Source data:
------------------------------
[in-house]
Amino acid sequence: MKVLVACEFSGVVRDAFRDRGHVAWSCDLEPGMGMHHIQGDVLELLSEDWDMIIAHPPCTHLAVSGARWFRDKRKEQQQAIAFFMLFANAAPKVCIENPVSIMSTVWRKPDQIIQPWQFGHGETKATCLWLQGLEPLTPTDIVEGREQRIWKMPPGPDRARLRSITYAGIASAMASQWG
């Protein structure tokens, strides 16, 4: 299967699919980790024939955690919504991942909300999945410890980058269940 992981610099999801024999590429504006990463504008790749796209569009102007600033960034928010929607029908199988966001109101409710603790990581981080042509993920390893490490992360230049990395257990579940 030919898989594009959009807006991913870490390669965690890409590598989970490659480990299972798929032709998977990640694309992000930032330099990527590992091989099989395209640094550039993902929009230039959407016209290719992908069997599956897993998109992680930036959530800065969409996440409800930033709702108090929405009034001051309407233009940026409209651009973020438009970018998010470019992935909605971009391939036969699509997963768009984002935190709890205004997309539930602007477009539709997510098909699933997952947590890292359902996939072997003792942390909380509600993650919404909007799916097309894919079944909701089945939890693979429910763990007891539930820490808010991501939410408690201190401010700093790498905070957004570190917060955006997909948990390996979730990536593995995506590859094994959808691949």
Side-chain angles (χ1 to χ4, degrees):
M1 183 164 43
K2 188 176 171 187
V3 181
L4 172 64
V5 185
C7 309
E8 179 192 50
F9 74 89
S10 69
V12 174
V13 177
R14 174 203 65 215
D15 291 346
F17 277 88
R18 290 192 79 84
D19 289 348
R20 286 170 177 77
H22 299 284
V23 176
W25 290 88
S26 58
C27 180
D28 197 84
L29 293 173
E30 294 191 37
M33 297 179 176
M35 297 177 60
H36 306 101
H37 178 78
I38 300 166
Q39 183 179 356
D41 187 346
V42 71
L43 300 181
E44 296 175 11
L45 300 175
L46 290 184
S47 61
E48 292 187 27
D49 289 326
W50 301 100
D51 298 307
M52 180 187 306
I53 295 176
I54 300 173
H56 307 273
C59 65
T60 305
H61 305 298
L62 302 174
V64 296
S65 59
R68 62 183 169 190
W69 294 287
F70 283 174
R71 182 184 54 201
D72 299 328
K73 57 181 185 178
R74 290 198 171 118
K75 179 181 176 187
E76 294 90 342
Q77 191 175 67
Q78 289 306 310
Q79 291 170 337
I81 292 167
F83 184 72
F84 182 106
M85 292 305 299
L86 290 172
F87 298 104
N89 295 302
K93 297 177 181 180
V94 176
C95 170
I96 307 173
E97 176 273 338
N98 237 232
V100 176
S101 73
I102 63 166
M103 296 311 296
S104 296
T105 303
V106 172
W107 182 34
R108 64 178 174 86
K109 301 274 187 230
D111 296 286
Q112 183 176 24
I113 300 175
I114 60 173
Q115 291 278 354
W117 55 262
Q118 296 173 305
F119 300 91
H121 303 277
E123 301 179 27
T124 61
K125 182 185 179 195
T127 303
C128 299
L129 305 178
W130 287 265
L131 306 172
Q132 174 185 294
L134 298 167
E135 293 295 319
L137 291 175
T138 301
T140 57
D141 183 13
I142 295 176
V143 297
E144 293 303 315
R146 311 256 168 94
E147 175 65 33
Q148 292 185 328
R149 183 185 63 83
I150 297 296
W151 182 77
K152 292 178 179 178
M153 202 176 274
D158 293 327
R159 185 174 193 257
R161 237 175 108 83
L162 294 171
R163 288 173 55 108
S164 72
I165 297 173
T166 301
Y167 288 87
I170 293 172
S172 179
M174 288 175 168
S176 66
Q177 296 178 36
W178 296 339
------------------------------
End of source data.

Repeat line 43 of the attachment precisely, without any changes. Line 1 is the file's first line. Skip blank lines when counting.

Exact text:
E48 292 187 27